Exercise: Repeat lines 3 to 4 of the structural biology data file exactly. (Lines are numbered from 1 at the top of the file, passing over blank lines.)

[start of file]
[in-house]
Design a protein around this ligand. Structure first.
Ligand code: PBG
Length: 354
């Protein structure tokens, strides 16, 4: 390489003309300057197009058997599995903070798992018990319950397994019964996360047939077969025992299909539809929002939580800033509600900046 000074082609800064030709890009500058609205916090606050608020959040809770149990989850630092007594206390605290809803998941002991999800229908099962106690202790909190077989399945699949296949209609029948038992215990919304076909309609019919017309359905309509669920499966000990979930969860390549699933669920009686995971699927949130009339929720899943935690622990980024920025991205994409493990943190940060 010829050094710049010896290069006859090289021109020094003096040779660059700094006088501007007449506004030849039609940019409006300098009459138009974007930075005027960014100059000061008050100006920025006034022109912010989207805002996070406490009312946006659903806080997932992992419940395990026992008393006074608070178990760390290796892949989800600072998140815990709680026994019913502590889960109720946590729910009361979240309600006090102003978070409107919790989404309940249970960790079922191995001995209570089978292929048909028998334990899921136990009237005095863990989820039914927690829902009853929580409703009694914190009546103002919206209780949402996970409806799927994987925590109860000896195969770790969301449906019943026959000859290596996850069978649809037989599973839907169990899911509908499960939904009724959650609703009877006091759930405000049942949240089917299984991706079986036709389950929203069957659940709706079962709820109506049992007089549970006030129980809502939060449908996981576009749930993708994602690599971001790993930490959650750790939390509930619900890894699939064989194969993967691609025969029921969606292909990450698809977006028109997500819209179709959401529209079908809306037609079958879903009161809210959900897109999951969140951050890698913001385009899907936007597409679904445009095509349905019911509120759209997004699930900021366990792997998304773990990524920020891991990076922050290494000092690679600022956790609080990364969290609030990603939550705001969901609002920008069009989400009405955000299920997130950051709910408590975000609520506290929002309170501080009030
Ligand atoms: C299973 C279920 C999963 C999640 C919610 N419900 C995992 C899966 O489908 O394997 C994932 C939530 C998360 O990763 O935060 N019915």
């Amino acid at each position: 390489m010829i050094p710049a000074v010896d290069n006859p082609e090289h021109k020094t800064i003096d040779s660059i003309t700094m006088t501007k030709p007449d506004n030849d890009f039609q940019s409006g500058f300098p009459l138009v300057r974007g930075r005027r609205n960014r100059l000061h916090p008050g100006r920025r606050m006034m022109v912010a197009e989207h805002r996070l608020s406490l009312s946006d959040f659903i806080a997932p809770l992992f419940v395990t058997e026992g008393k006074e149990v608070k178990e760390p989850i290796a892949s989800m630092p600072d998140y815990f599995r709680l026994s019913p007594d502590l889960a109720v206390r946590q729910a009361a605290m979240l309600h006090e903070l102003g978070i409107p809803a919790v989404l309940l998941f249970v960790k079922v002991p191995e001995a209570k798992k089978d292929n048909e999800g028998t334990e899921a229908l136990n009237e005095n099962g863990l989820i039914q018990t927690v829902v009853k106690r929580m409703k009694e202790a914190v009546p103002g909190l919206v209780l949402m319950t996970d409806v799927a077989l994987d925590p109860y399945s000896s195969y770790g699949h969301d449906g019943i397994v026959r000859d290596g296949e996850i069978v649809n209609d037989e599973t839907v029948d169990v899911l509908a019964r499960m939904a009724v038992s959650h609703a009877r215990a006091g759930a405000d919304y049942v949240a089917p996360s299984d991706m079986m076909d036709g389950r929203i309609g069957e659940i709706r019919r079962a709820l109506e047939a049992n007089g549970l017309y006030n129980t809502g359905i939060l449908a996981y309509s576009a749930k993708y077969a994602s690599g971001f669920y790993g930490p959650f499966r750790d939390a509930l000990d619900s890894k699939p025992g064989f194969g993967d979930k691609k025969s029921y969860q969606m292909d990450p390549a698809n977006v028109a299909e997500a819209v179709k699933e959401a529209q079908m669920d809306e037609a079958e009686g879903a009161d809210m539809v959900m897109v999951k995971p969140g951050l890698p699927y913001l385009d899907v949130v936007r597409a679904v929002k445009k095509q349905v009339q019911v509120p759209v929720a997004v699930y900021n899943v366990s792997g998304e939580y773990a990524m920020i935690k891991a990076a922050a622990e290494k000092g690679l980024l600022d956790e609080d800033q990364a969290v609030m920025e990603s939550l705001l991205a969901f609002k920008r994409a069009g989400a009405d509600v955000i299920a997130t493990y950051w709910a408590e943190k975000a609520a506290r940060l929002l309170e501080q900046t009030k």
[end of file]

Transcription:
Ligand code: PBG
Length: 354